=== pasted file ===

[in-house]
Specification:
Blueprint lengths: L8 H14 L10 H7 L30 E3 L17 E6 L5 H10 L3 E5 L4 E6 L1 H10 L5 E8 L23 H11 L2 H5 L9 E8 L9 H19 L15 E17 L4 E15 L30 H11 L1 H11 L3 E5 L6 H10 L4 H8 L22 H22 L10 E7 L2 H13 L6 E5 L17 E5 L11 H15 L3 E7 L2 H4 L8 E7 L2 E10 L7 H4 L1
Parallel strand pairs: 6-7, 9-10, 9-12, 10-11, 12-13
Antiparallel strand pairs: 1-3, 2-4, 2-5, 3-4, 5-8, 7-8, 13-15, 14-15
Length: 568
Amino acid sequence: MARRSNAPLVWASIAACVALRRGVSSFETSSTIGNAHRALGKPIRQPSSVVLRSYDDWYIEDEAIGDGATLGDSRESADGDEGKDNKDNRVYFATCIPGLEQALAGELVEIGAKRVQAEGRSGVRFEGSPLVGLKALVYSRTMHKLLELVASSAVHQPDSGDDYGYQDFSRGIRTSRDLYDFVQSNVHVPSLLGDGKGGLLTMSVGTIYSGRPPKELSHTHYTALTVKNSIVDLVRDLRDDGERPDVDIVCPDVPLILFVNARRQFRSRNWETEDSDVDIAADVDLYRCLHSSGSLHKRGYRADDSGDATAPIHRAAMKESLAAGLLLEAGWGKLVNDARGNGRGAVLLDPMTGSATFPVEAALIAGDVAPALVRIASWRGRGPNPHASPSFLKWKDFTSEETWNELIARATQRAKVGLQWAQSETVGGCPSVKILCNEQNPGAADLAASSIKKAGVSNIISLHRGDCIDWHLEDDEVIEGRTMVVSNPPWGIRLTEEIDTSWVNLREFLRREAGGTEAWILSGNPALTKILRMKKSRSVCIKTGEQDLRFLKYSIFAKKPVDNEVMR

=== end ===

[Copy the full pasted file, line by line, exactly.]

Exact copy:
[in-house]
Specification:
Blueprint lengths: L8 H14 L10 H7 L30 E3 L17 E6 L5 H10 L3 E5 L4 E6 L1 H10 L5 E8 L23 H11 L2 H5 L9 E8 L9 H19 L15 E17 L4 E15 L30 H11 L1 H11 L3 E5 L6 H10 L4 H8 L22 H22 L10 E7 L2 H13 L6 E5 L17 E5 L11 H15 L3 E7 L2 H4 L8 E7 L2 E10 L7 H4 L1
Parallel strand pairs: 6-7, 9-10, 9-12, 10-11, 12-13
Antiparallel strand pairs: 1-3, 2-4, 2-5, 3-4, 5-8, 7-8, 13-15, 14-15
Length: 568
Amino acid sequence: MARRSNAPLVWASIAACVALRRGVSSFETSSTIGNAHRALGKPIRQPSSVVLRSYDDWYIEDEAIGDGATLGDSRESADGDEGKDNKDNRVYFATCIPGLEQALAGELVEIGAKRVQAEGRSGVRFEGSPLVGLKALVYSRTMHKLLELVASSAVHQPDSGDDYGYQDFSRGIRTSRDLYDFVQSNVHVPSLLGDGKGGLLTMSVGTIYSGRPPKELSHTHYTALTVKNSIVDLVRDLRDDGERPDVDIVCPDVPLILFVNARRQFRSRNWETEDSDVDIAADVDLYRCLHSSGSLHKRGYRADDSGDATAPIHRAAMKESLAAGLLLEAGWGKLVNDARGNGRGAVLLDPMTGSATFPVEAALIAGDVAPALVRIASWRGRGPNPHASPSFLKWKDFTSEETWNELIARATQRAKVGLQWAQSETVGGCPSVKILCNEQNPGAADLAASSIKKAGVSNIISLHRGDCIDWHLEDDEVIEGRTMVVSNPPWGIRLTEEIDTSWVNLREFLRREAGGTEAWILSGNPALTKILRMKKSRSVCIKTGEQDLRFLKYSIFAKKPVDNEVMR